Title, required, one.
I think that dear Tim has a point, but it's the same that all practitioners of ``computer security research'' share: It's easy to break into systems that never were designed with security in mind. That includes the most widely used desktop eye cand... er, warm body entertainment software.
Though like with various SCADA systems that are increasingly attached to the wider internet in an insecure fashion, cars are ever more networked. If people haven't managed to scribble on the dashboard via the bluetooth carkit, then that doesn't make these findings purely theoretical.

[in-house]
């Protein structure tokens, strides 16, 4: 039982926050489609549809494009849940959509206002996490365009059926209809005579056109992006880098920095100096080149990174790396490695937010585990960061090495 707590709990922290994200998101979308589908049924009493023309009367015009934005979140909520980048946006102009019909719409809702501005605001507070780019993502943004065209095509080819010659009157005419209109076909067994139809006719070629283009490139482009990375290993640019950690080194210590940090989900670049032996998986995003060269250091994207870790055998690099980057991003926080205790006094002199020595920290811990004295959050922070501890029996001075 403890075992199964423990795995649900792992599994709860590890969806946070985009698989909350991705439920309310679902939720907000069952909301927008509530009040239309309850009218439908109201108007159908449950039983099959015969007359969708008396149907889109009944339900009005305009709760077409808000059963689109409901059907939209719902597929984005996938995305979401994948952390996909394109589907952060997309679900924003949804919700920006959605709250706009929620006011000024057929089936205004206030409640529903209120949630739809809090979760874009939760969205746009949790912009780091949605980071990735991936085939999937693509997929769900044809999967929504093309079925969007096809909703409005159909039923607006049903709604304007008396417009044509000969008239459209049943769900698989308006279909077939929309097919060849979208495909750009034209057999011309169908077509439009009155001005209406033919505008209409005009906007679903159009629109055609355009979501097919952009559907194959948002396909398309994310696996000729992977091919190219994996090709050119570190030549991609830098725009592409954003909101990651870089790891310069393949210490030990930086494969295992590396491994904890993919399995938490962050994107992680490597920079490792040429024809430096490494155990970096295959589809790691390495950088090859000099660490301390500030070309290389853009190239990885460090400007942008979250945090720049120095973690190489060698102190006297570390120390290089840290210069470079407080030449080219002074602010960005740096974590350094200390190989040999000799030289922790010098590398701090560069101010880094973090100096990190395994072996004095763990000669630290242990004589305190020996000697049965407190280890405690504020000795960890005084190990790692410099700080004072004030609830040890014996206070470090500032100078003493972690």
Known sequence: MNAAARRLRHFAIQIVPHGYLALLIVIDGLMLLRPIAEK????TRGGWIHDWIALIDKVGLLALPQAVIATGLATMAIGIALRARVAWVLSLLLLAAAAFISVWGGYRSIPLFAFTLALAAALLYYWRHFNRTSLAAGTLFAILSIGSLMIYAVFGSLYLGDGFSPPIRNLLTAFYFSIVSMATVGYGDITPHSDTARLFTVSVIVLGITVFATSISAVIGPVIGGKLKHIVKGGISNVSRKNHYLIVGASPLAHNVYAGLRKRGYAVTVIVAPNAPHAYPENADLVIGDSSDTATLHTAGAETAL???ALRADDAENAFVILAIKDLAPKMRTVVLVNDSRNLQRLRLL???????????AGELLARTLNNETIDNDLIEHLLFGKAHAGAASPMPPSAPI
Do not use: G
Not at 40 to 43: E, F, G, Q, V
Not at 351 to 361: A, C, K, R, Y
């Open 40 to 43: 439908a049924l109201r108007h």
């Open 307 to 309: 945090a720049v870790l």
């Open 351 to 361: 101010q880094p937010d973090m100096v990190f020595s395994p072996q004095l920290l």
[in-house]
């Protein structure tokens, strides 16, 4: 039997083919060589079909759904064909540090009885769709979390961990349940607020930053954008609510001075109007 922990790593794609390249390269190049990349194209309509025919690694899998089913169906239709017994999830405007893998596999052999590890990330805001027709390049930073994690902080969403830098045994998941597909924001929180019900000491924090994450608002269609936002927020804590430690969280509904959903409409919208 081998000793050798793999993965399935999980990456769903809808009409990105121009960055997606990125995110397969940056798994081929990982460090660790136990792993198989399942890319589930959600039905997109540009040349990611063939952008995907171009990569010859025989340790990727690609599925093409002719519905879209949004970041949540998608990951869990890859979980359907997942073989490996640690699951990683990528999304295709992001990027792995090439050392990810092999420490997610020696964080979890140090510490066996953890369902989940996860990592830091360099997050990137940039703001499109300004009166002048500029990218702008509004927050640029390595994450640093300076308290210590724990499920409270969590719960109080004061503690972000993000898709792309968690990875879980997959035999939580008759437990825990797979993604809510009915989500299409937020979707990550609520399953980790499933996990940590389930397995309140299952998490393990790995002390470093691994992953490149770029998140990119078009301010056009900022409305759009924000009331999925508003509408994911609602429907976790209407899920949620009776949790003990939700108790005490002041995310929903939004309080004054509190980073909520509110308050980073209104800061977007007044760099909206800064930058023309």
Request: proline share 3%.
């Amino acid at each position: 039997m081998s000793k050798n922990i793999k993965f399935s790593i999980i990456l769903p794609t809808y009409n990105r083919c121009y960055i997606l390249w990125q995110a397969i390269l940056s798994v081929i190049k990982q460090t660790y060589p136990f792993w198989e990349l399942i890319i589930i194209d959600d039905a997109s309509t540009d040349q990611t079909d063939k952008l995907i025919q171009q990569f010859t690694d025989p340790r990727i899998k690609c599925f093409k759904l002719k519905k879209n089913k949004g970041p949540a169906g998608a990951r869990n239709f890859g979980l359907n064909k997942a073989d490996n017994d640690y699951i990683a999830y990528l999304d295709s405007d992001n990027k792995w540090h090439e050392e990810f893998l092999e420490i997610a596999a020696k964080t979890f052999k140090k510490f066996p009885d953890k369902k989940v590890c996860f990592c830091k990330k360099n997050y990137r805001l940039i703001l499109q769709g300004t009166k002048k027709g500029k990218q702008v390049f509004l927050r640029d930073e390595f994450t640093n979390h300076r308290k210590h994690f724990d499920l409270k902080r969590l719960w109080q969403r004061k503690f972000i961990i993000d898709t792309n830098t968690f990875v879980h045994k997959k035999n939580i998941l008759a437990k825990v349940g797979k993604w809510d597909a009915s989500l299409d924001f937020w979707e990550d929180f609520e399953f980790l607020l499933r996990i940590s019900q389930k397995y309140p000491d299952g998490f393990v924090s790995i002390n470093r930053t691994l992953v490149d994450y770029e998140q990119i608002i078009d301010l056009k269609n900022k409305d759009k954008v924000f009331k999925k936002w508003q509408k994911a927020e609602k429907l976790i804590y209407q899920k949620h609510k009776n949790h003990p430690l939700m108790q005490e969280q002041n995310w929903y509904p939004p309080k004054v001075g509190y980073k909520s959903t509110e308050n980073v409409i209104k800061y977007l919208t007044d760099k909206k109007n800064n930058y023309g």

To put it in perspective, however: It never was very hard for a dedicated attacker to sabotage a car and turn it into the owner's coffin. There has always been an interest in such, and now it's out in the open that you can do it electronically, too.
This won't affect most people too much as that sort of attack by nature is something likely targeted at one specific person. Altough I'm sure there'll be former-east-block ne'er-do-wells who'll figure out how to hold some upmarket brand cars ransom over the remote maintenance features. That'd be somewhat novel.
Looking forward, I expect this to rear its ugly head again so about when car-to-car communication becomes ubiquitous. You know, systems that'll let the car in front of you warn your car to start braking NOW because in ten miliseconds it'll start braking to avoid colliding with an upcoming traffic jam. Because these systems clearly are not secured in any way, driving trough a bad neighbourhood might get an extra dimension as it could give your car viruses like it ran windows.